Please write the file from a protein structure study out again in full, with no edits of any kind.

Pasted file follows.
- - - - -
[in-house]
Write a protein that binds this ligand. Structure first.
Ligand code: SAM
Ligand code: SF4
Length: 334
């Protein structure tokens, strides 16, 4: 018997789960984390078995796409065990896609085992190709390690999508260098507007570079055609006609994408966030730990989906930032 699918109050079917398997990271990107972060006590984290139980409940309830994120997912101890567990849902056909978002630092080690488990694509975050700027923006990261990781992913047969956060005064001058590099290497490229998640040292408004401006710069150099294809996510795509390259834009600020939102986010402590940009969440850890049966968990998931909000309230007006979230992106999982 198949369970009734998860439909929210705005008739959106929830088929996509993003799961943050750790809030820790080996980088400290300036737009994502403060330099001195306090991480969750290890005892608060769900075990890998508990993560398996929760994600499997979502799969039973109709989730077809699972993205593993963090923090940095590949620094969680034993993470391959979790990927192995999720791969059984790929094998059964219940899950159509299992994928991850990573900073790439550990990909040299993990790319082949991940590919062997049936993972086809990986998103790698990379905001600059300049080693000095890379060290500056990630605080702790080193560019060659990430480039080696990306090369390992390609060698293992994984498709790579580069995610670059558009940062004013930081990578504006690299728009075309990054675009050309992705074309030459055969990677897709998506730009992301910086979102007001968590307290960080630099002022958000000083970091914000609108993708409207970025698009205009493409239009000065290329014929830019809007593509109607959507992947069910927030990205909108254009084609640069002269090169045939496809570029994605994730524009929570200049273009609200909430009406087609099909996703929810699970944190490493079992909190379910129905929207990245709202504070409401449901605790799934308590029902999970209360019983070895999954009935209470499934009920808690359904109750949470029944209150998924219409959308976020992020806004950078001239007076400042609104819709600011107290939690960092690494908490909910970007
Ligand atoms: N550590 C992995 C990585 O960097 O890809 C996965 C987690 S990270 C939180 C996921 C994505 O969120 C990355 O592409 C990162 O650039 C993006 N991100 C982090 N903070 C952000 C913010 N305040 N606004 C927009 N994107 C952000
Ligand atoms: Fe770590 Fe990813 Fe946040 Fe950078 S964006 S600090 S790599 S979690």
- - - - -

[in-house]
Write a protein that binds this ligand. Structure first.
Ligand code: SAM
Ligand code: SF4
Length: 334
């Protein structure tokens, strides 16, 4: 018997789960984390078995796409065990896609085992190709390690999508260098507007570079055609006609994408966030730990989906930032 699918109050079917398997990271990107972060006590984290139980409940309830994120997912101890567990849902056909978002630092080690488990694509975050700027923006990261990781992913047969956060005064001058590099290497490229998640040292408004401006710069150099294809996510795509390259834009600020939102986010402590940009969440850890049966968990998931909000309230007006979230992106999982 198949369970009734998860439909929210705005008739959106929830088929996509993003799961943050750790809030820790080996980088400290300036737009994502403060330099001195306090991480969750290890005892608060769900075990890998508990993560398996929760994600499997979502799969039973109709989730077809699972993205593993963090923090940095590949620094969680034993993470391959979790990927192995999720791969059984790929094998059964219940899950159509299992994928991850990573900073790439550990990909040299993990790319082949991940590919062997049936993972086809990986998103790698990379905001600059300049080693000095890379060290500056990630605080702790080193560019060659990430480039080696990306090369390992390609060698293992994984498709790579580069995610670059558009940062004013930081990578504006690299728009075309990054675009050309992705074309030459055969990677897709998506730009992301910086979102007001968590307290960080630099002022958000000083970091914000609108993708409207970025698009205009493409239009000065290329014929830019809007593509109607959507992947069910927030990205909108254009084609640069002269090169045939496809570029994605994730524009929570200049273009609200909430009406087609099909996703929810699970944190490493079992909190379910129905929207990245709202504070409401449901605790799934308590029902999970209360019983070895999954009935209470499934009920808690359904109750949470029944209150998924219409959308976020992020806004950078001239007076400042609104819709600011107290939690960092690494908490909910970007
Ligand atoms: N550590 C992995 C990585 O960097 O890809 C996965 C987690 S990270 C939180 C996921 C994505 O969120 C990355 O592409 C990162 O650039 C993006 N991100 C982090 N903070 C952000 C913010 N305040 N606004 C927009 N994107 C952000
Ligand atoms: Fe770590 Fe990813 Fe946040 Fe950078 S964006 S600090 S790599 S979690």